Tips to Staying Healthy This Holiday Season

We’re surrounded by food and commercialism year-round, but from Halloween on, it’s like being trapped in Willy Wonka’s chocolate factory until the doors open for 2011. This article isn’t about dieting, though; it’s about being healthy through the holidays.

If you don’t care that you gain six pounds over the holidays, that’s fine.

If you do, or if you’re concerned about being heart- and dental-healthy than dieting, there are steps you can take to achieve your goals. In the end, it’s about what you want and what will make you happy and taking steps for your health to achieve just that.

Write it Down

Take a minute today to write down your health-related goals for the holidays now.

Make your goals positive, specific, measurable, and realistic. “Lose twenty pounds by January” is probably not the healthiest or the most realistic goal. “Run three times a week for at least one mile” is a realistic and measurable goal. It’s important to make a list of benefits each goal has for you—for your body, mind, social life, and more. If you have no motivation for your goals other than the goal itself, it won’t last.


The key to a healthy lifestyle is moderation, no matter the season. When an entire table is covered with rich foods, though, it can be easy to overeat several times a day. No matter your stance on weight, this simply isn’t healthy for your body, and nobody wants to sleep through the holidays entirely. If you know in advance that rich foods will be available at a dinner party later in the day, eat healthier the rest of the day.

Go for high-fiber, low-sodium, organic, low-fat, and filling foods so that you’re not starving when you get to the party. In fact, it’s a good idea to prepare your own heart-healthy appetizer at home to snack on before you get to dinner, where the appetizers will likely be richer than your body needs. Use small plates to provide less room for food at dinner parties and even at home.

Ever since the 1930s, Americans have been taught to clean their plates and waste no food. Food, however, becomes waste whether it goes into the trash bin or in our bellies, where it becomes excess calories and heart-threatening fat. Smaller plates will keep your portions more varied, and you can always go back for more if your body is still hungry. Rather than filling said small plate entirely with turkey and mashed potatoes, try a little of everything—especially veggies!—to get a balanced meal.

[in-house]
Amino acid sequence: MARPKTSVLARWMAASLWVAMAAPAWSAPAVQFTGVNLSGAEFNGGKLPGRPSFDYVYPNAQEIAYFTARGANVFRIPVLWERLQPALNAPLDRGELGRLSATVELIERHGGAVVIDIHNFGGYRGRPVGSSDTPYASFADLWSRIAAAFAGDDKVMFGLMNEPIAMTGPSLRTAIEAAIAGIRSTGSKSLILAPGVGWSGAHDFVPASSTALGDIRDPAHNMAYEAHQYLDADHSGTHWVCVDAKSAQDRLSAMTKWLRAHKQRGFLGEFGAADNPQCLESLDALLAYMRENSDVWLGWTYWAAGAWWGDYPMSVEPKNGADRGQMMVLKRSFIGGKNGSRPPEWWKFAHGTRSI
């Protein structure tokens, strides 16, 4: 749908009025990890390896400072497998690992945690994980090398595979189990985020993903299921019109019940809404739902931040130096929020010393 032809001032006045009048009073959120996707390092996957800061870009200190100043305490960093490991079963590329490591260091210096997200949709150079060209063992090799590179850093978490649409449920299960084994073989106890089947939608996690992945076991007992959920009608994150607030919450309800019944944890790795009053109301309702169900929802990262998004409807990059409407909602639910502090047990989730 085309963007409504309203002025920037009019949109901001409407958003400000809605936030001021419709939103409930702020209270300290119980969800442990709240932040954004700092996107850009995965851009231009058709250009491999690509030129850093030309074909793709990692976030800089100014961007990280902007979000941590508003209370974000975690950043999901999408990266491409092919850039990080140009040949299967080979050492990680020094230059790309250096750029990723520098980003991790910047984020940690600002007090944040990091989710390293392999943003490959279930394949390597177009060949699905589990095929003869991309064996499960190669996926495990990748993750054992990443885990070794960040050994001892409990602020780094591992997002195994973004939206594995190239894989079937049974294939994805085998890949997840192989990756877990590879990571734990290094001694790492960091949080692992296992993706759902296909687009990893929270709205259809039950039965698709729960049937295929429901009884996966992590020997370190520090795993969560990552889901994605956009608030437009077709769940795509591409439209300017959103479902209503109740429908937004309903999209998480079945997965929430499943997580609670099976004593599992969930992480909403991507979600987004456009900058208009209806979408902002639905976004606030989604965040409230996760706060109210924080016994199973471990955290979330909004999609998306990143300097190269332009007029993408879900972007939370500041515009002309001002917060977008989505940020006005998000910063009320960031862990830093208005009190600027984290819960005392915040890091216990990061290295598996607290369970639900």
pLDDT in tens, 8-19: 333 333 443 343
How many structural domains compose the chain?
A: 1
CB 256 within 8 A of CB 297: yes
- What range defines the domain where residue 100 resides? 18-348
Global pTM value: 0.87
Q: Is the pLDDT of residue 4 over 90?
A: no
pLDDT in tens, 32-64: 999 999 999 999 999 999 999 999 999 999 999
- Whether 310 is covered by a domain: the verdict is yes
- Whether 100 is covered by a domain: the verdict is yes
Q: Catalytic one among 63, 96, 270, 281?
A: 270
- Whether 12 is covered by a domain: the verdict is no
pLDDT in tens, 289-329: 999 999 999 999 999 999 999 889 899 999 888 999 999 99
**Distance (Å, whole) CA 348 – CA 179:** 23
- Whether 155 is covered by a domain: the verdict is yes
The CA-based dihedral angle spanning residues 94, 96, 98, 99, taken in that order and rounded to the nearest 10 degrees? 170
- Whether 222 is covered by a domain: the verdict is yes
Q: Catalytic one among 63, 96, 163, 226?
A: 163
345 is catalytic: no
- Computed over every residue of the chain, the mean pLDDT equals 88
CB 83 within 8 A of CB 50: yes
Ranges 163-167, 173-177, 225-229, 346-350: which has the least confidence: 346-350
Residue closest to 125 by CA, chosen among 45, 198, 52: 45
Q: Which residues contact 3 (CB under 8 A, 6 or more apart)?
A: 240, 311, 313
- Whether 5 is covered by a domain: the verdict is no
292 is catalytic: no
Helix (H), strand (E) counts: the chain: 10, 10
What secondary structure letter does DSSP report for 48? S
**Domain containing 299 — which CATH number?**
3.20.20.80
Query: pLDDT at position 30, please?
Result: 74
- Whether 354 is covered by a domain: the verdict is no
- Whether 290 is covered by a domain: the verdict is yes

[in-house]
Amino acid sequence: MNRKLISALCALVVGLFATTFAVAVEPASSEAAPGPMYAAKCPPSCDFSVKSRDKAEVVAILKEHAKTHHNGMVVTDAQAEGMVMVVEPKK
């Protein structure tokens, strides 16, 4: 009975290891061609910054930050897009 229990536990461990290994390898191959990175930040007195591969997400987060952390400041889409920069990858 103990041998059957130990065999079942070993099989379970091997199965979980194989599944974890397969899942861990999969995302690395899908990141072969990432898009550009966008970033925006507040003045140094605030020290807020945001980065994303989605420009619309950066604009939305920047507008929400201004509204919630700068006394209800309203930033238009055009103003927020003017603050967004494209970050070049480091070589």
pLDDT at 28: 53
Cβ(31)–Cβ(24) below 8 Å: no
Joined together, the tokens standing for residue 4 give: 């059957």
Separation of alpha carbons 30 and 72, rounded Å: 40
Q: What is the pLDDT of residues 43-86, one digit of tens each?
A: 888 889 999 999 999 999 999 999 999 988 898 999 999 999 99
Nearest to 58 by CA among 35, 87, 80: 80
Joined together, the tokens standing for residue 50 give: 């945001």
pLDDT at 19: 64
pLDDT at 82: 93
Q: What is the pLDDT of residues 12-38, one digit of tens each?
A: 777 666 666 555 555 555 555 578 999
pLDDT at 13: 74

Instead of drinking out of a can, try making your own mix of fruit punch (out of real fruit juice) and add Russian or Jamaican kick, if desired. Pre-mixed drinks are not only expensive but stuffed with artificial sweeteners that have, in many studies, been connected to diabetes and obesity. Of course, real fruit juice has sugar in it, too, and calories are calories, so maintain the rule of moderation here.

Seek Alternatives

Use spices and herbs to flavor vegetables, not so much salt, butter, or ranch sauce. Steam veggies rather than boiling them; this retains their nutrients better. Use wholegrain breads for stuffing. This is significantly better for your heart and digestive system than white bread. It’s a little harsh, but there’s a grain of truth to the adage – The whiter the bread, the sooner you’re dead.

Use pita bread or homemade (baked) sweet potato chips instead of deep-fried potato chips. Add raw vegetable strips to the platter, too. Trim visible fat off of meat. There’s still going to be enough fat in the rest of the meat where you can’t see it to keep it tasty.

Fruit with yogurt and a drizzle of honey or chocolate is a much healthier alternative to chocolate cake. Don’t make a habit of avoiding “bad” foods, though; you’ll just crave them all the more later and be less and less willing to turn a deaf ear to your cravings.


For every alcoholic drink, it’s a good idea to stay hydrated with a glass of water. Not only will this keep you sober longer and prevent the dreaded hangover, it will help to flush your body of toxins. And never, ever drive while impaired.

The holidays are no fun spent in a hospital or filling out insurance forms and checks.

Keep a Calendar

Stress eating is commonplace during the holidays, and having a calendar can help avoid stress in the first place by allowing us to organize our daily lives. Plan events, gift-shopping and wrapping, and get-togethers in advance; look at your calendar at least once daily and mull over it for a few minutes before going about your day. This will give you time to plan your day, week, and even month in advance. The promise you made to yourself about running three times a week will be much easier to accomplish, too.

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